Physics Stack Exchange is a question and answer site for active researchers, academics and students of physics. Join them; it only takes a minute:

Sign up
Here's how it works:
  1. Anybody can ask a question
  2. Anybody can answer
  3. The best answers are voted up and rise to the top

If I have a plot of current ($y$ axis) against 1/Resistance ($x$ axis).

The circuit it is measured from is a simply 2 resistors connected in parallel to battery, where the potential across the resistors is $1V$. One resistor remains fixed, and the second varies, the resistance plotted on the graph is only the resistance of the second resistor.

Does this mean that the gradient will be voltage, but will it be $1V$ or less, as the resistance on the graph is only one from one of the resistors?

Also what will the $y$ intercept signify? $I = V/R +c$, what does the $c$ represent?

share|cite|improve this question
up vote 3 down vote accepted

Hint: Use Ohm's law $I=\frac{V}{R_p}$ and the formula $\frac{1}{R_p}=\frac{1}{R}+\frac{1}{R_0}$ for parallel resistors to derive a straight line in a $I$-$\frac{1}{R}$ diagram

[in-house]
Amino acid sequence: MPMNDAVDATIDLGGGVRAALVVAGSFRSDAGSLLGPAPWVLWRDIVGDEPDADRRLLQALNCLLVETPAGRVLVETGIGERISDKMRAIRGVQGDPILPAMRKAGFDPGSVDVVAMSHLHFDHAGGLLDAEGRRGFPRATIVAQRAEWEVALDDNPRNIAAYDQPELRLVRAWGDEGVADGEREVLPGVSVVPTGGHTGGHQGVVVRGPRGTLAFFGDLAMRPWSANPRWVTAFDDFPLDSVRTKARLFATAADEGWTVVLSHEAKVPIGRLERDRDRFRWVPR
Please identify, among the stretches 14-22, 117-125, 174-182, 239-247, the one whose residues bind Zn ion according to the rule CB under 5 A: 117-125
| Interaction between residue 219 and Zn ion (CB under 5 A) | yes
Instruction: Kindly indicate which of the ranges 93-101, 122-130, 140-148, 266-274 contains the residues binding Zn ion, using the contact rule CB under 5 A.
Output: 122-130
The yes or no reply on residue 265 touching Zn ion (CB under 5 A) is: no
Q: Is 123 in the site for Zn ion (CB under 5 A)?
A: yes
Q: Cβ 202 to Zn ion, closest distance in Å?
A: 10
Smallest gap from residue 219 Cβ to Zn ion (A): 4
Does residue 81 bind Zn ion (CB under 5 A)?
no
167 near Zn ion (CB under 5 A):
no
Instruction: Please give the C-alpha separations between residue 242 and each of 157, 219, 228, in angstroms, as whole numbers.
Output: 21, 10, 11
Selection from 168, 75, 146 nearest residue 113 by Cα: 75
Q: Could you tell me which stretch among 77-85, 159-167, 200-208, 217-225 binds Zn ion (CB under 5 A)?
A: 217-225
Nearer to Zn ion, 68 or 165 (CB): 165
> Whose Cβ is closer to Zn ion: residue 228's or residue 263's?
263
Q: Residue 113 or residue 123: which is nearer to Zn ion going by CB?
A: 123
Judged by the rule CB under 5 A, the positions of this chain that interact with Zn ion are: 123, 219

$$ I~=~V \left(\frac{1}{R}+\frac{1}{R_0}\right). $$

Here $R$ and $R_0$ are the variable and the fixed resistor, respectively. To answer OP's two questions:

  1. The slope is $V=1{\rm Volt}$.

  2. The intercept of the straight line on the vertical $I$-axis is $c=\frac{V}{R_0}$. The intercept of the straight line on the horizontal $\frac{1}{R}$-axis is $\frac{-1}{R_0}$.

share|cite|improve this answer
Thanks, so it will be 1 volt even though the graph does not include the resistance of the fixed resistor? Also how did you get to the y intercept? (I know using I = V/R, but why is the resistance that of the fixed resistor?) – Jonathan. Dec 12 '11 at 7:44

Your Answer


By posting your answer, you agree to the privacy policy and terms of service.

Not the answer you're looking for? Browse other questions tagged or ask your own question.